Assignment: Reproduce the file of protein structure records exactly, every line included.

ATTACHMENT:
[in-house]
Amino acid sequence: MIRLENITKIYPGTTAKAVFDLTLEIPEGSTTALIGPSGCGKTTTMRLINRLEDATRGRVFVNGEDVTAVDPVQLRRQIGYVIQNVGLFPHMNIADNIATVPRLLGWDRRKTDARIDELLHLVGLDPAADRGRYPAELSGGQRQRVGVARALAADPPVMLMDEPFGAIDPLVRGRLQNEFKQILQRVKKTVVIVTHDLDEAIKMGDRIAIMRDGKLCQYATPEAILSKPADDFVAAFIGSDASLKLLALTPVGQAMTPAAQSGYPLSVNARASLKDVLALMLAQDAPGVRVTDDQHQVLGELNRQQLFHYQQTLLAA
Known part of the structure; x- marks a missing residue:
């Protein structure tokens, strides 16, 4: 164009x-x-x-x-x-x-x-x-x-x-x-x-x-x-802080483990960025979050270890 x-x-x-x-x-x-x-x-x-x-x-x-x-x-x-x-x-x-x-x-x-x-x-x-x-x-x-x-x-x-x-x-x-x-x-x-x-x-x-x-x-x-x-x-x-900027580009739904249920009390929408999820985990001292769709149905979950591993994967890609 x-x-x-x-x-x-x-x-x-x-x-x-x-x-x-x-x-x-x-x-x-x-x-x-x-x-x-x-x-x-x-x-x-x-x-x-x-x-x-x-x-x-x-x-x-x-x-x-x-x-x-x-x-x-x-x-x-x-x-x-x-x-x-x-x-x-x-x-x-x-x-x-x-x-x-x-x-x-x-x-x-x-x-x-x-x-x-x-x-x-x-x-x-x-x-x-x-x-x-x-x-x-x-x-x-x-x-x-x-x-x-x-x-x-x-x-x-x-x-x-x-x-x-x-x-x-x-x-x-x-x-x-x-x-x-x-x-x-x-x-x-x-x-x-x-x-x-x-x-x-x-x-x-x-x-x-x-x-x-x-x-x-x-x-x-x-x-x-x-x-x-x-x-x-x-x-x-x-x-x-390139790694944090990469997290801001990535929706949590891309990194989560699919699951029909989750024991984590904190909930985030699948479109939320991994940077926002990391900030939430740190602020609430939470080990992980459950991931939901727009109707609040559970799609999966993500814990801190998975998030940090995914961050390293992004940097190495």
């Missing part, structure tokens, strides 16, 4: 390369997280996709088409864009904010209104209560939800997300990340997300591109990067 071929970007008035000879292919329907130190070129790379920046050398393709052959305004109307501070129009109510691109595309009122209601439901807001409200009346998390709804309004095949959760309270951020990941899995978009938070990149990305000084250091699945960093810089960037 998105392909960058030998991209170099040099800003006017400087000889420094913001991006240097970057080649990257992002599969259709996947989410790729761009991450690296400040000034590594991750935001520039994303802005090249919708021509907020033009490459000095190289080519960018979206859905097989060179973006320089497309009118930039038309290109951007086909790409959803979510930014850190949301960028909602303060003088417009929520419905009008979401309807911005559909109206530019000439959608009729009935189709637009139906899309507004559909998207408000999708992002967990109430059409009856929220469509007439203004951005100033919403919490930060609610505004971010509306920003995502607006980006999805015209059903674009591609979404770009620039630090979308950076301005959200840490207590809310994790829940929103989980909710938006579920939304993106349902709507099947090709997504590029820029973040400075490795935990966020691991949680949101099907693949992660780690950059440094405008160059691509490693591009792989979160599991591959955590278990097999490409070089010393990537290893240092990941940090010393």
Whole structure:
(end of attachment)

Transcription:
[in-house]
Amino acid sequence: MIRLENITKIYPGTTAKAVFDLTLEIPEGSTTALIGPSGCGKTTTMRLINRLEDATRGRVFVNGEDVTAVDPVQLRRQIGYVIQNVGLFPHMNIADNIATVPRLLGWDRRKTDARIDELLHLVGLDPAADRGRYPAELSGGQRQRVGVARALAADPPVMLMDEPFGAIDPLVRGRLQNEFKQILQRVKKTVVIVTHDLDEAIKMGDRIAIMRDGKLCQYATPEAILSKPADDFVAAFIGSDASLKLLALTPVGQAMTPAAQSGYPLSVNARASLKDVLALMLAQDAPGVRVTDDQHQVLGELNRQQLFHYQQTLLAA
Known part of the structure; x- marks a missing residue:
């Protein structure tokens, strides 16, 4: 164009x-x-x-x-x-x-x-x-x-x-x-x-x-x-802080483990960025979050270890 x-x-x-x-x-x-x-x-x-x-x-x-x-x-x-x-x-x-x-x-x-x-x-x-x-x-x-x-x-x-x-x-x-x-x-x-x-x-x-x-x-x-x-x-x-900027580009739904249920009390929408999820985990001292769709149905979950591993994967890609 x-x-x-x-x-x-x-x-x-x-x-x-x-x-x-x-x-x-x-x-x-x-x-x-x-x-x-x-x-x-x-x-x-x-x-x-x-x-x-x-x-x-x-x-x-x-x-x-x-x-x-x-x-x-x-x-x-x-x-x-x-x-x-x-x-x-x-x-x-x-x-x-x-x-x-x-x-x-x-x-x-x-x-x-x-x-x-x-x-x-x-x-x-x-x-x-x-x-x-x-x-x-x-x-x-x-x-x-x-x-x-x-x-x-x-x-x-x-x-x-x-x-x-x-x-x-x-x-x-x-x-x-x-x-x-x-x-x-x-x-x-x-x-x-x-x-x-x-x-x-x-x-x-x-x-x-x-x-x-x-x-x-x-x-x-x-x-x-x-x-x-x-x-x-x-x-x-x-x-x-390139790694944090990469997290801001990535929706949590891309990194989560699919699951029909989750024991984590904190909930985030699948479109939320991994940077926002990391900030939430740190602020609430939470080990992980459950991931939901727009109707609040559970799609999966993500814990801190998975998030940090995914961050390293992004940097190495």
């Missing part, structure tokens, strides 16, 4: 390369997280996709088409864009904010209104209560939800997300990340997300591109990067 071929970007008035000879292919329907130190070129790379920046050398393709052959305004109307501070129009109510691109595309009122209601439901807001409200009346998390709804309004095949959760309270951020990941899995978009938070990149990305000084250091699945960093810089960037 998105392909960058030998991209170099040099800003006017400087000889420094913001991006240097970057080649990257992002599969259709996947989410790729761009991450690296400040000034590594991750935001520039994303802005090249919708021509907020033009490459000095190289080519960018979206859905097989060179973006320089497309009118930039038309290109951007086909790409959803979510930014850190949301960028909602303060003088417009929520419905009008979401309807911005559909109206530019000439959608009729009935189709637009139906899309507004559909998207408000999708992002967990109430059409009856929220469509007439203004951005100033919403919490930060609610505004971010509306920003995502607006980006999805015209059903674009591609979404770009620039630090979308950076301005959200840490207590809310994790829940929103989980909710938006579920939304993106349902709507099947090709997504590029820029973040400075490795935990966020691991949680949101099907693949992660780690950059440094405008160059691509490693591009792989979160599991591959955590278990097999490409070089010393990537290893240092990941940090010393």
Whole structure: